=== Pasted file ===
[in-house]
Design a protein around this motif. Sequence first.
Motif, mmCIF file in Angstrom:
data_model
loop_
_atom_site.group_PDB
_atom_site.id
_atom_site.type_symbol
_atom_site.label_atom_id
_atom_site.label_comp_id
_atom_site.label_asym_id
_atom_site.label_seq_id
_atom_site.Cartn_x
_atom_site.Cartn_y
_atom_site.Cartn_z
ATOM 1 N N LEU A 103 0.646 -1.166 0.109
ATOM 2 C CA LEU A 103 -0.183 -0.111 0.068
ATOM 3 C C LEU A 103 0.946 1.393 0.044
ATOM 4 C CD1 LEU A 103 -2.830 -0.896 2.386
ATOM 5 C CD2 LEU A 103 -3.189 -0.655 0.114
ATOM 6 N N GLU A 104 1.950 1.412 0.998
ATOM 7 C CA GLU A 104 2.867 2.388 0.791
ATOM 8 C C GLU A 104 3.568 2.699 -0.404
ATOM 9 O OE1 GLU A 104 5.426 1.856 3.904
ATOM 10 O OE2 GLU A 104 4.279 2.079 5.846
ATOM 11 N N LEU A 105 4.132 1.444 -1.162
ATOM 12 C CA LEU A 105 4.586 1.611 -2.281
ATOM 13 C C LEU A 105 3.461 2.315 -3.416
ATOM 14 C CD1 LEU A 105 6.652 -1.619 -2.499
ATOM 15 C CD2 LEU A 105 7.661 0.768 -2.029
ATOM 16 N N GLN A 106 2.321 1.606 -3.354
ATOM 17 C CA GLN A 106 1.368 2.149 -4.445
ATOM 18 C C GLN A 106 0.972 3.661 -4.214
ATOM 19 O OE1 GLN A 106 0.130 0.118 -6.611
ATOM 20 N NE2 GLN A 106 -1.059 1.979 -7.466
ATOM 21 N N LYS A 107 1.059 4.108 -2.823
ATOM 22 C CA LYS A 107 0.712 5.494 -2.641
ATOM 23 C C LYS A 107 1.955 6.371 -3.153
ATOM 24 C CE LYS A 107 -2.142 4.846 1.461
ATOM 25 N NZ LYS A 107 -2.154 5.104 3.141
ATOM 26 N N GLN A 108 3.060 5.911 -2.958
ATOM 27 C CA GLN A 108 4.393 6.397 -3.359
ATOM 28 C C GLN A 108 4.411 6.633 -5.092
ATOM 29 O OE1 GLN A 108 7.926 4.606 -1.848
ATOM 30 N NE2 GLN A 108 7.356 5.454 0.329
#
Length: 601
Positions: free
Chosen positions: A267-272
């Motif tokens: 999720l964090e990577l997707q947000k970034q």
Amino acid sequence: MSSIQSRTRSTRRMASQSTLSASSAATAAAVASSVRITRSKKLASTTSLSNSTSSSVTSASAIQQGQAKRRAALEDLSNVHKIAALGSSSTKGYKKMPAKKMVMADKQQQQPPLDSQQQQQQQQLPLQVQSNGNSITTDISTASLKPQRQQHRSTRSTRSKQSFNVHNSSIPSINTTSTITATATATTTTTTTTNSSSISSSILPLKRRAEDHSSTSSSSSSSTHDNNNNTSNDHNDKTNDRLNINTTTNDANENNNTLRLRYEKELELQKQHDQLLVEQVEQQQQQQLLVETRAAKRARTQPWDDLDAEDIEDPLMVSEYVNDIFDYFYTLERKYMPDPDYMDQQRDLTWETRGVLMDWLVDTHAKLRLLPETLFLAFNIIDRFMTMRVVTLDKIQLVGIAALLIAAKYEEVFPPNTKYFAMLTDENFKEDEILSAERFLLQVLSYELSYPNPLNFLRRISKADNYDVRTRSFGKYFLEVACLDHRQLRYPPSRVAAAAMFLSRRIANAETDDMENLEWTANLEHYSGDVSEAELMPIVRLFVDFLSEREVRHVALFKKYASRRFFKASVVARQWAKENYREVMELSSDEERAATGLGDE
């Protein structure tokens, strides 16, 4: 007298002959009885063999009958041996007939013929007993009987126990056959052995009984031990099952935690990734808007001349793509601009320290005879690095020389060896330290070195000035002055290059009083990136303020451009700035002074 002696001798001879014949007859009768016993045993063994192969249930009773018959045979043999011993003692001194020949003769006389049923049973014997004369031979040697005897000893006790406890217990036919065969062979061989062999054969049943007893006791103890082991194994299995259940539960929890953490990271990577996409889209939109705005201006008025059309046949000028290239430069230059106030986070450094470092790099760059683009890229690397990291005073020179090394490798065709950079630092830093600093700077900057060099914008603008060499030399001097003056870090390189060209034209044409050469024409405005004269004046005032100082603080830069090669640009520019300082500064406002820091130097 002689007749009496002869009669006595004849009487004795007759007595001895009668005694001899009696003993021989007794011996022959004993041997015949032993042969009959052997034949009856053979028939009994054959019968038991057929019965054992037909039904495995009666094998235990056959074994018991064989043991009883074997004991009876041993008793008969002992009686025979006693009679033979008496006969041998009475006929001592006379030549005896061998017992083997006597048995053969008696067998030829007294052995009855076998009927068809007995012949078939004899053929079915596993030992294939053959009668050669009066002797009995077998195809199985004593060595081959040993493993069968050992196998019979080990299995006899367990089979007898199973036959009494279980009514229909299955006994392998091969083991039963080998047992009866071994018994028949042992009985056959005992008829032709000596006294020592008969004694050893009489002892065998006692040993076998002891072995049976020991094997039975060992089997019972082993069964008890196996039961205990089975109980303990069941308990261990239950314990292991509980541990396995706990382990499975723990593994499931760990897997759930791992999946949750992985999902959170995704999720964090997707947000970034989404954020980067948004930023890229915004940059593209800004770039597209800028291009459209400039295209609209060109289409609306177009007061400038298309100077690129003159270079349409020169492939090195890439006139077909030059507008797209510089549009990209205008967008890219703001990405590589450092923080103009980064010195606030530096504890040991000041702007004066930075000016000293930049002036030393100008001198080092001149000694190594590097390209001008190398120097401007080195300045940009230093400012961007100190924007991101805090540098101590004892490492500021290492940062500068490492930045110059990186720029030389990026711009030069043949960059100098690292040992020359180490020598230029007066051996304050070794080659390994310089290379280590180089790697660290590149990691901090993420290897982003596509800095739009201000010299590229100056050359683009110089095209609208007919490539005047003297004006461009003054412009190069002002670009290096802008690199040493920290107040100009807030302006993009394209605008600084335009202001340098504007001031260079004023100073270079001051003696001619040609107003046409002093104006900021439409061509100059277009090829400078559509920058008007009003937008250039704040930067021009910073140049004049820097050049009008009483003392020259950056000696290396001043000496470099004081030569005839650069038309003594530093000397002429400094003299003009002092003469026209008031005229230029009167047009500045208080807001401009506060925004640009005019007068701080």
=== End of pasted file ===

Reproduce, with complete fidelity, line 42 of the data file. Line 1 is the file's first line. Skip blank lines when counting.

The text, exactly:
ATOM 27 C CA GLN A 108 4.393 6.397 -3.359